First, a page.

The purpose of this question was to see whether people really attempt to use the app in a way that would be a plausible message to a friend. Out of nine participants who contributed to a collage, eight actually made a plausible message. (The one who did not made a throwaway photo and empty text message.) This suggests to us that people understand the purpose of the app, and are willing to make heartfelt messages. Four participants also didn’t use the app in time to get included in this report. Two participates wished their message would be private so that they could leave longer, more secretive messages.
Question 2: What template would the collaborators have liked to contribute to, in sending a gift for the same recipient?
The purpose of this question was to understand how different templates prompt people to be more or less creative in their photos and video messages. We followed up with people and asked what other templates they would have liked. Surprisingly, out of the nine participants who contributed to a collage, only five even followed the heart template that we provided. The vast majority of participants failed to understand the purpose of the template - for creating a pattern or shape across multiple pictures - and instead they just took a selfie. Therefore, only the five who followed the heart template were able to respond to our follow-up question and suggested other shapes like stars, cakes, flower, and letters. In addition, we found that seeding the template with our own photo did not result in other people following the template.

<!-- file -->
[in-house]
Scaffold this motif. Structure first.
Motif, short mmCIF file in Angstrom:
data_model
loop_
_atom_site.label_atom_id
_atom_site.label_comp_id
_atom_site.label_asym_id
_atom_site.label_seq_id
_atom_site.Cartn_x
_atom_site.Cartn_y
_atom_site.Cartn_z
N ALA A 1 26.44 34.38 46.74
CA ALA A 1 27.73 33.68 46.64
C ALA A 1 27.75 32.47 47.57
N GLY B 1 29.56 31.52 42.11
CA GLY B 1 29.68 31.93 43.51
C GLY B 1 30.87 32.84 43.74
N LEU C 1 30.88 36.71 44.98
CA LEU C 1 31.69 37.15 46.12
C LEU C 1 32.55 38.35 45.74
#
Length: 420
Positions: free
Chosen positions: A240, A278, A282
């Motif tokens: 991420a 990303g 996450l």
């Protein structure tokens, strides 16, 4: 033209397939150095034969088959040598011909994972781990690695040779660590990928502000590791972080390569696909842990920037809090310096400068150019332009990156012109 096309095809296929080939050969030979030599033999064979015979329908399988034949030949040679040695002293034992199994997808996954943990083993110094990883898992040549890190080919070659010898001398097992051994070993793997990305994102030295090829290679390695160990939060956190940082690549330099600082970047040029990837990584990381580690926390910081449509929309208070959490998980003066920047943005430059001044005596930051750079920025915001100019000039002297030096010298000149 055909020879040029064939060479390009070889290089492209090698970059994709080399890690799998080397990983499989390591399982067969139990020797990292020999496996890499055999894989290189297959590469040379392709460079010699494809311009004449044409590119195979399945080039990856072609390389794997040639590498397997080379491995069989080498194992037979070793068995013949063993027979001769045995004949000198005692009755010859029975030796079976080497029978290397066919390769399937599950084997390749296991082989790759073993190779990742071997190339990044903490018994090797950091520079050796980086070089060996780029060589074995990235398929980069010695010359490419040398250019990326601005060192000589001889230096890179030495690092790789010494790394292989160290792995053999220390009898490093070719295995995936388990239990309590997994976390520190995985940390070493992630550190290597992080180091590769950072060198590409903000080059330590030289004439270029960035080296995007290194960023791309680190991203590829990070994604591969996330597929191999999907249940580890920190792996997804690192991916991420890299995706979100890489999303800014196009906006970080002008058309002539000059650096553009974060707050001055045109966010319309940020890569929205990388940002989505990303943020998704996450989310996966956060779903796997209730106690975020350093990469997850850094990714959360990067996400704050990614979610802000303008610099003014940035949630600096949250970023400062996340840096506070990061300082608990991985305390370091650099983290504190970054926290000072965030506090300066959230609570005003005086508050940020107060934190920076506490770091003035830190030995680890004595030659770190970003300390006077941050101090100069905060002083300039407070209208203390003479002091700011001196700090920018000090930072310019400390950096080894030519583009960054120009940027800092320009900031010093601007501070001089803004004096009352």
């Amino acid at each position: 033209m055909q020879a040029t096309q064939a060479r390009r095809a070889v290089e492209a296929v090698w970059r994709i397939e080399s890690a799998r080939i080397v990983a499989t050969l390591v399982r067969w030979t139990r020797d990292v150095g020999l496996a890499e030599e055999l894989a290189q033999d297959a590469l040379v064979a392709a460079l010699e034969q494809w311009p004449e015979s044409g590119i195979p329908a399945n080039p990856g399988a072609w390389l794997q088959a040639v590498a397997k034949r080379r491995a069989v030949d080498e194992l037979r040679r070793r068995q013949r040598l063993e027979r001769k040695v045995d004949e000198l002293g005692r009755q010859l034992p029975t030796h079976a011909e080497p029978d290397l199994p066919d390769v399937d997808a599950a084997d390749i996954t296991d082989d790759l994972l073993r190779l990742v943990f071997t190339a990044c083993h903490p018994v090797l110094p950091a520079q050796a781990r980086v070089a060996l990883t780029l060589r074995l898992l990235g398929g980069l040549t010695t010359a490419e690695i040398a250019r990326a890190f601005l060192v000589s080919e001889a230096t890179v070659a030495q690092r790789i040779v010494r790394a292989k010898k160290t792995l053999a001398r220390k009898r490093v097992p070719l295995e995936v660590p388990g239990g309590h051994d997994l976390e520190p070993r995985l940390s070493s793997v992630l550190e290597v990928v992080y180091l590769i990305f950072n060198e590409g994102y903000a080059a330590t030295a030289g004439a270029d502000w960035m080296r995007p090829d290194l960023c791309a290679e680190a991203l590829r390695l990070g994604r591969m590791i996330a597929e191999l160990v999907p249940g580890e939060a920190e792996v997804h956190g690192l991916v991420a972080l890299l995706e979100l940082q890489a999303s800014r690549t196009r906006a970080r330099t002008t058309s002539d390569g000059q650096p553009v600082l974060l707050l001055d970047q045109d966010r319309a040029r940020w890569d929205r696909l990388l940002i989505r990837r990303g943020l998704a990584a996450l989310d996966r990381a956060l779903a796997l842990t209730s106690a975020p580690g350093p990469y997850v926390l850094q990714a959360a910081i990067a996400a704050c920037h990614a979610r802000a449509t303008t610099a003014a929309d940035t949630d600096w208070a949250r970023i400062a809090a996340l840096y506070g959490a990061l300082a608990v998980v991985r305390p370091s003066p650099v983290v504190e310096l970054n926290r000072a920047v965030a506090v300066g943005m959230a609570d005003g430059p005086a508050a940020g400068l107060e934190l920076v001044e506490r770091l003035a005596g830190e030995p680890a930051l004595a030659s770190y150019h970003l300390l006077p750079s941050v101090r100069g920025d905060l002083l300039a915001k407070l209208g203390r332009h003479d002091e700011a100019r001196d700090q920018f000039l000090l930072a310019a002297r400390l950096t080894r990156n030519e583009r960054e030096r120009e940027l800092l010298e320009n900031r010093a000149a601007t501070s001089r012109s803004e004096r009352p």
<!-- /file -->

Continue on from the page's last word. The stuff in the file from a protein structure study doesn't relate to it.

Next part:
Our users also found many technical bugs and confusing user interface features, listed below:
1. The main page:
2. The photo page:
3. The video page:
Overall, we see that our bugs mostly come from “expert blind spot” - our own understanding of the app caused us to miss unclear interface features for a novice.
For each of our technical bugs, reproduced below, we list our intended software fixes:
1. The main page:
2. The photo page:
These fixes are technically non-trivial, but don’t fundamentally challenge the nature of the program. However, the fact that fully half of our participants failed to follow the card template is troubling. Is it because participants didn’t understand that they were supposed to, because they didn’t want to, or because they were unable to? It seems likely that many of these participants didn’t realize the purpose of the template, and if we made an introductory example or welcome page, we might be able to address this problem.
But what if following a template is simply not that compelling to users? Survey responses showed that they could generate ideas for alternate templates, but it’s still not clear that contributing to a larger picture is a compelling enough reason for people to take photos that match a template. People might just prefer to upload photos of themselves with the recipient, or make other creative use of the tile. But if we remove the template aspect of Card Collage, then it becomes quite similar to Pinterest or Path, and becomes less collaborative and less unique. Our main challenge going forward is therefore to verify the importance of templates as a motivating aspect of collaborative card-making.